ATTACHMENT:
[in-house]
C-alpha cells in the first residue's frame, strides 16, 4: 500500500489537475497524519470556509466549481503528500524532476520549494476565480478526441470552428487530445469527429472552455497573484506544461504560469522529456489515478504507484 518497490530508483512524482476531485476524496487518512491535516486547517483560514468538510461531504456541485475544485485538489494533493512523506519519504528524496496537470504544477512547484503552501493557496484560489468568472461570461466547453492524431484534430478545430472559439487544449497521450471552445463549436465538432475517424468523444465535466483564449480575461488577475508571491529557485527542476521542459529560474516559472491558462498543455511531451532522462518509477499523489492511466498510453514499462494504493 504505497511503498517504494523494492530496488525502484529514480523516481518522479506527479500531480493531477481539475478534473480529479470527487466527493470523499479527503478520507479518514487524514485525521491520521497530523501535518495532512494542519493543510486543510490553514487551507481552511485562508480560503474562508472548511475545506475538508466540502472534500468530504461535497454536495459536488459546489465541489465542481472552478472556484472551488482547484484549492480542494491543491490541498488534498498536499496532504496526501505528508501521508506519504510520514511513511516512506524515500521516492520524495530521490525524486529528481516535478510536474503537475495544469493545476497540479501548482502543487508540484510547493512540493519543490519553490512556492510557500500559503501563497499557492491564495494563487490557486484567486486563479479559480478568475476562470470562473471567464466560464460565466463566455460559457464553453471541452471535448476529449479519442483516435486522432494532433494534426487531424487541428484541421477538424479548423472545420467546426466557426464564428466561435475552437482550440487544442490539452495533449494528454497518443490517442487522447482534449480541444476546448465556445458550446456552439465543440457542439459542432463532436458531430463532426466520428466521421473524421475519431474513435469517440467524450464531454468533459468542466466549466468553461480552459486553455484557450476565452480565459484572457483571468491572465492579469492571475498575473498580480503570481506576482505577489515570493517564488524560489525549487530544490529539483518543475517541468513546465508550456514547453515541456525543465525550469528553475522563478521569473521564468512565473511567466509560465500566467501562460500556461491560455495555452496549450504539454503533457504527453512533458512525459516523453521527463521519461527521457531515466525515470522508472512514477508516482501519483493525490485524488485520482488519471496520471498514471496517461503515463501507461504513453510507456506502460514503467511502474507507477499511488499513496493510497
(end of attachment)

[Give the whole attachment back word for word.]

[in-house]
C-alpha cells in the first residue's frame, strides 16, 4: 500500500489537475497524519470556509466549481503528500524532476520549494476565480478526441470552428487530445469527429472552455497573484506544461504560469522529456489515478504507484 518497490530508483512524482476531485476524496487518512491535516486547517483560514468538510461531504456541485475544485485538489494533493512523506519519504528524496496537470504544477512547484503552501493557496484560489468568472461570461466547453492524431484534430478545430472559439487544449497521450471552445463549436465538432475517424468523444465535466483564449480575461488577475508571491529557485527542476521542459529560474516559472491558462498543455511531451532522462518509477499523489492511466498510453514499462494504493 504505497511503498517504494523494492530496488525502484529514480523516481518522479506527479500531480493531477481539475478534473480529479470527487466527493470523499479527503478520507479518514487524514485525521491520521497530523501535518495532512494542519493543510486543510490553514487551507481552511485562508480560503474562508472548511475545506475538508466540502472534500468530504461535497454536495459536488459546489465541489465542481472552478472556484472551488482547484484549492480542494491543491490541498488534498498536499496532504496526501505528508501521508506519504510520514511513511516512506524515500521516492520524495530521490525524486529528481516535478510536474503537475495544469493545476497540479501548482502543487508540484510547493512540493519543490519553490512556492510557500500559503501563497499557492491564495494563487490557486484567486486563479479559480478568475476562470470562473471567464466560464460565466463566455460559457464553453471541452471535448476529449479519442483516435486522432494532433494534426487531424487541428484541421477538424479548423472545420467546426466557426464564428466561435475552437482550440487544442490539452495533449494528454497518443490517442487522447482534449480541444476546448465556445458550446456552439465543440457542439459542432463532436458531430463532426466520428466521421473524421475519431474513435469517440467524450464531454468533459468542466466549466468553461480552459486553455484557450476565452480565459484572457483571468491572465492579469492571475498575473498580480503570481506576482505577489515570493517564488524560489525549487530544490529539483518543475517541468513546465508550456514547453515541456525543465525550469528553475522563478521569473521564468512565473511567466509560465500566467501562460500556461491560455495555452496549450504539454503533457504527453512533458512525459516523453521527463521519461527521457531515466525515470522508472512514477508516482501519483493525490485524488485520482488519471496520471498514471496517461503515463501507461504513453510507456506502460514503467511502474507507477499511488499513496493510497